At the same time, in many advanced western economies the effects of globalisation have been ambivalent. For a minority of the population, who belong to the financial and educational elite, globalisation has offered an excellent opportunity, which they have been quick to embrace, as the data on the increase in the share of overall income received by the wealthiest segment of the population reveal. In the United States, the share of total gross income received by the top 1% in 2012 was more than twice that of 1980. As Anthony Atkinson maintains in his classic study “Inequality”: “Today the top 1%’s share [of income] is back at the levels of a hundred years ago. The top 1% in the United States now receive just under one fifth of total income; this means that, on average, they have twenty times their fair share”. The 1% of the 1%, meaning the top 0.01%, receive one twenty-fifth of total income.
However, for the majority of the population the process has been one of expropriation. It is interesting to read the data about the increase in the number of people living below the poverty threshold. According to Eurostat data, in 2016 the proportion of the population at risk of poverty or social exclusion was 23.5% in the European Union and 23.1% in the Euro area: in absolute terms, this means that 118.0 million people in the EU live in households at risk of poverty or social exclusion. Also in 2016, 7.5% of the population in the EU lived in conditions of serious material deprivation. In the United States, in 2010, as a result of the 2008 crisis, the number of poor people was more than 45 million.
But it is not only a matter of poverty, although this is paradoxically growing even in times of economic expansion. The problem is that, while the concentration of financial wealth has been accentuated, the world of labour has become weaker and weaker. The effect of global competition, which attracts manufacturing businesses to areas where labour costs are lower and environmental protection rules are less restrictive and expensive, has led to the limitation of wages, a growth in precarious employment, and a reduction of rights and guarantees compared to the standards previously considered normal in the western world and in Europe in particular. At the same time, it has become more difficult for public budgets to support the cost of welfare and pension systems, partly because the progressive taxation systems which once allowed a significant degree of income distribution have been undermined by the free circulation of capital at the global level, which has basically freed a large proportion of financial wealth from taxation.
It is therefore quite understandable if fear and bitterness are spreading in the most vulnerable sections of society, and we are seeing the success of political forces hostile to globalisation, which preach the closure of borders not only to immigrants but also to foreign goods. Some theorists now maintain that the European political scene, dominated for more than a century by the conflict between progressives and conservatives, is now occupied mainly by the battle between globalists and sovereignists, with the prospect of a shift in the continent’s political balances which could lead to a serious involution.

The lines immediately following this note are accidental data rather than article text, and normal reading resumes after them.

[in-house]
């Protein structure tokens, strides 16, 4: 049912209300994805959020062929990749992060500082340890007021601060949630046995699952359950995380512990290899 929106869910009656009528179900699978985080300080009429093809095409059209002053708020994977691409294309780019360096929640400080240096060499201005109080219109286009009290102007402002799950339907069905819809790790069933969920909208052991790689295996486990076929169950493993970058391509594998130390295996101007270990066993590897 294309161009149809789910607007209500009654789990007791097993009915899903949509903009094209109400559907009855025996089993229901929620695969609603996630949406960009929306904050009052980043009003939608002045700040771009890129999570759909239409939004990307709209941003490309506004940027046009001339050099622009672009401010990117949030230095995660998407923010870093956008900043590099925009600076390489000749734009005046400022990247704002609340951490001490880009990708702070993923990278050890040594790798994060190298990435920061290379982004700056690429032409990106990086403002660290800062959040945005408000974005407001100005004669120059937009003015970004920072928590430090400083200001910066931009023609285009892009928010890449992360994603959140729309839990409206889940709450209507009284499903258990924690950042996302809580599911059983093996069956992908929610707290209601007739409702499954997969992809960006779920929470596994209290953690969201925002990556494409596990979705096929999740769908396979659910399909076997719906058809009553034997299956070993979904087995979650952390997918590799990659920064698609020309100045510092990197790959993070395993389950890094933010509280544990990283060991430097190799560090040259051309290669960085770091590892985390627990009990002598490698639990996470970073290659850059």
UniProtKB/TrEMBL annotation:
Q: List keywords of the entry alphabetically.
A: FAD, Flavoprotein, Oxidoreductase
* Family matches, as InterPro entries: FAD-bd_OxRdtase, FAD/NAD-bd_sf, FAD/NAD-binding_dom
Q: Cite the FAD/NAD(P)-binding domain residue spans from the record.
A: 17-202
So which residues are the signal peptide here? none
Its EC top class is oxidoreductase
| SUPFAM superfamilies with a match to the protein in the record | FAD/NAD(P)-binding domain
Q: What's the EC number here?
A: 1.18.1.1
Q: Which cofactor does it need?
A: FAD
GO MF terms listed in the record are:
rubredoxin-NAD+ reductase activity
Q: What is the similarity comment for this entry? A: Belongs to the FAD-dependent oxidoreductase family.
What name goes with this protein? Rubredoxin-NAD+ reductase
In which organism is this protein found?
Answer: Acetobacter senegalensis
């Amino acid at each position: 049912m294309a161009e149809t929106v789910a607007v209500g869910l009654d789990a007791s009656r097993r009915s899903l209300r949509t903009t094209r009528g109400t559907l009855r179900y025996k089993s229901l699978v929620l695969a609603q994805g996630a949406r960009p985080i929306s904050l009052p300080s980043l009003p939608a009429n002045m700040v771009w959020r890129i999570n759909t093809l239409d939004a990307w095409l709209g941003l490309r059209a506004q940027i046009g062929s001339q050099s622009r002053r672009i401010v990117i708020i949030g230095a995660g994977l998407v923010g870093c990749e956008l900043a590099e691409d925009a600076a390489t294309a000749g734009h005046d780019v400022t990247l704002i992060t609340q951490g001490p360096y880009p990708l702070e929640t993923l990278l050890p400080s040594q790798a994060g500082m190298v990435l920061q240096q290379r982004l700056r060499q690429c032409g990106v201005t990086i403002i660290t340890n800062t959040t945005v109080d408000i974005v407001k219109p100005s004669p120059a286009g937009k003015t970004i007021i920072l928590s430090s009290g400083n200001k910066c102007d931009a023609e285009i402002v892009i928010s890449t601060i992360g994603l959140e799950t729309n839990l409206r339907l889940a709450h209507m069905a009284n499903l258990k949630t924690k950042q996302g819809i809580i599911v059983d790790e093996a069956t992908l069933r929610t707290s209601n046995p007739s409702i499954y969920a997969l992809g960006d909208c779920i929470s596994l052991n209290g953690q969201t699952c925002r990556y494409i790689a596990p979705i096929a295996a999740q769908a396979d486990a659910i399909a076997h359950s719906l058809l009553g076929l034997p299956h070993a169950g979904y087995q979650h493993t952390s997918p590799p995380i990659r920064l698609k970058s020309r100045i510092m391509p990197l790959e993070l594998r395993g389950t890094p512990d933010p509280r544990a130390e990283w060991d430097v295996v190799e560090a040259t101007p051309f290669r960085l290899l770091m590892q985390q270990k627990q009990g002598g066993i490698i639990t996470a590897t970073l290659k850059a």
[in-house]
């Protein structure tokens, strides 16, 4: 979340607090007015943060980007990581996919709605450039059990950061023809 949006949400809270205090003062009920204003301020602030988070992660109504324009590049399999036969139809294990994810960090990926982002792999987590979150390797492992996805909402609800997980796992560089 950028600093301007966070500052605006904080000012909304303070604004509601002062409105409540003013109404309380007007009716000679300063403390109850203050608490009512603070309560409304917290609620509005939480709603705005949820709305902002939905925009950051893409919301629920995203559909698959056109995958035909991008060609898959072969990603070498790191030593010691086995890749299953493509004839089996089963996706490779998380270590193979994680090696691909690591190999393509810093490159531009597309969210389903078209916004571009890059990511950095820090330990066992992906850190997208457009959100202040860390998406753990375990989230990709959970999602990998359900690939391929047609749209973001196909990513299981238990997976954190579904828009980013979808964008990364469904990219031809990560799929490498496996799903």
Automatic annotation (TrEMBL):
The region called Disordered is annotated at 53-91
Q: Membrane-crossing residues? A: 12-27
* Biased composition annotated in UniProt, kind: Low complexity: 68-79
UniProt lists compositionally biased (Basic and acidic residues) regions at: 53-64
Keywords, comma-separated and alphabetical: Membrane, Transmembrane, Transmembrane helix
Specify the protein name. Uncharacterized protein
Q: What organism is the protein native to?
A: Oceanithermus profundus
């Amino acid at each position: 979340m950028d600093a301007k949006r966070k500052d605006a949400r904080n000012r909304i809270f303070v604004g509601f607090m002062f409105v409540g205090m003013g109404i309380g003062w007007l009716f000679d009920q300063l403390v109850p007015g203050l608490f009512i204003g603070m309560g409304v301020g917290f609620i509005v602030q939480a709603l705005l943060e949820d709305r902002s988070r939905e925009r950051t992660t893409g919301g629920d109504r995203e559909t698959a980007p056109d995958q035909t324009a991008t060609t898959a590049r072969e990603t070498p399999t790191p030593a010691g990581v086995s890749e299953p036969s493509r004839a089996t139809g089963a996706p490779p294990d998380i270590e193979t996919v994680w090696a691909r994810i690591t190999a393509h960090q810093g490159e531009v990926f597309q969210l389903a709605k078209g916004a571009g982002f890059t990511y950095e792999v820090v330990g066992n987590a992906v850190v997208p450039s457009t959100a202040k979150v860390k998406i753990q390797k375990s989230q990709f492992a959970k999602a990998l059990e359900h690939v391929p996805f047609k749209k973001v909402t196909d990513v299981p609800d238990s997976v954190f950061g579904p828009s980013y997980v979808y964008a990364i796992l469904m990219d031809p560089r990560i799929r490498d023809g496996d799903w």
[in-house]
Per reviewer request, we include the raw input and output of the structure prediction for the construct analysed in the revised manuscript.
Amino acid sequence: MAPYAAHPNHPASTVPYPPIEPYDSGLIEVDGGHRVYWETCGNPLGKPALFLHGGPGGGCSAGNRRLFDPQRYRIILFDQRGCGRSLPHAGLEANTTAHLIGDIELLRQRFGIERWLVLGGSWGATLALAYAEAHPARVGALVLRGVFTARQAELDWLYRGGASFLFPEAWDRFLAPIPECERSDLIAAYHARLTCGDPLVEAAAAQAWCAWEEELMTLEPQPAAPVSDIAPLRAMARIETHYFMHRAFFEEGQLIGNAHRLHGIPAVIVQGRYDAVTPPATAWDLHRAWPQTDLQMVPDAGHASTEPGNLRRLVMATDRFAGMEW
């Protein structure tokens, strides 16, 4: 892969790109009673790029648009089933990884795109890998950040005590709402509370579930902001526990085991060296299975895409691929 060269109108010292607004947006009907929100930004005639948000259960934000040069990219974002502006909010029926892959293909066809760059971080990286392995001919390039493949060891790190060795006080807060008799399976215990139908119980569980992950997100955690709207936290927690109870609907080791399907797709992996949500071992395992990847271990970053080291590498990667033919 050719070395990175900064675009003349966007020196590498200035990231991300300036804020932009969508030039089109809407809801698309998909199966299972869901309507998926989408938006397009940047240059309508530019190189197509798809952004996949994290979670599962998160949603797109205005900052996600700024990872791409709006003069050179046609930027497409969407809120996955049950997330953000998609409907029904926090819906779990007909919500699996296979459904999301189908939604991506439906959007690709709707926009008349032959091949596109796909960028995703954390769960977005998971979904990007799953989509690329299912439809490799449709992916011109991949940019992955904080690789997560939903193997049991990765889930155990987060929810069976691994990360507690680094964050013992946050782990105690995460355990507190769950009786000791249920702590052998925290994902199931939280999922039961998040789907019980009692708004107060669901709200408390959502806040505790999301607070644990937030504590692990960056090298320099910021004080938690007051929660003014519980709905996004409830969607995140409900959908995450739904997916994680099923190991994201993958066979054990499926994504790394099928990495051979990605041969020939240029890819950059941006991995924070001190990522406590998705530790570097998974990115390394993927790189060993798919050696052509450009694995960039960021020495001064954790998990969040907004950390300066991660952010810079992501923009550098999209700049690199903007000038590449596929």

I believe we are all more or less persuaded that aggressive nationalism and protectionism are not a solution, and that, quite the contrary, they imply the risk of serious conflicts, a slowing of growth and thus a worsening of social problems. However, even those who believe, like me, that globalisation is an unstoppable trend must not underestimate the size of the crisis now brewing. In actual fact, this crisis has been under way at least since 2008 without an effective solution emerging, because ever since the financial collapse which took place in that year it has been clear that the neoliberal logic of untamed, unregulated globalisation is no longer sustainable and that political action is needed to steer the worldwide system towards what you define as a more harmonious globalisation. Because, although it is true that answers will not come from protectionism and selfish nationalism, it is also true that the need impose political guidelines on growth and not leave everything to raw market forces, and also the need to protect the weakest members of society, are real needs to which an answer must be given. The solution lies in a strengthening of international cooperation and not a heightening of conflicts. After all, it is impossible to imagine either effective environmental protection or effective regulation of the financial markets, essential to reduce inequalities and protect labour, or, to mention a topic particularly sensitive in Europe, the effective regulation of migratory flows, without stronger, tighter international cooperation.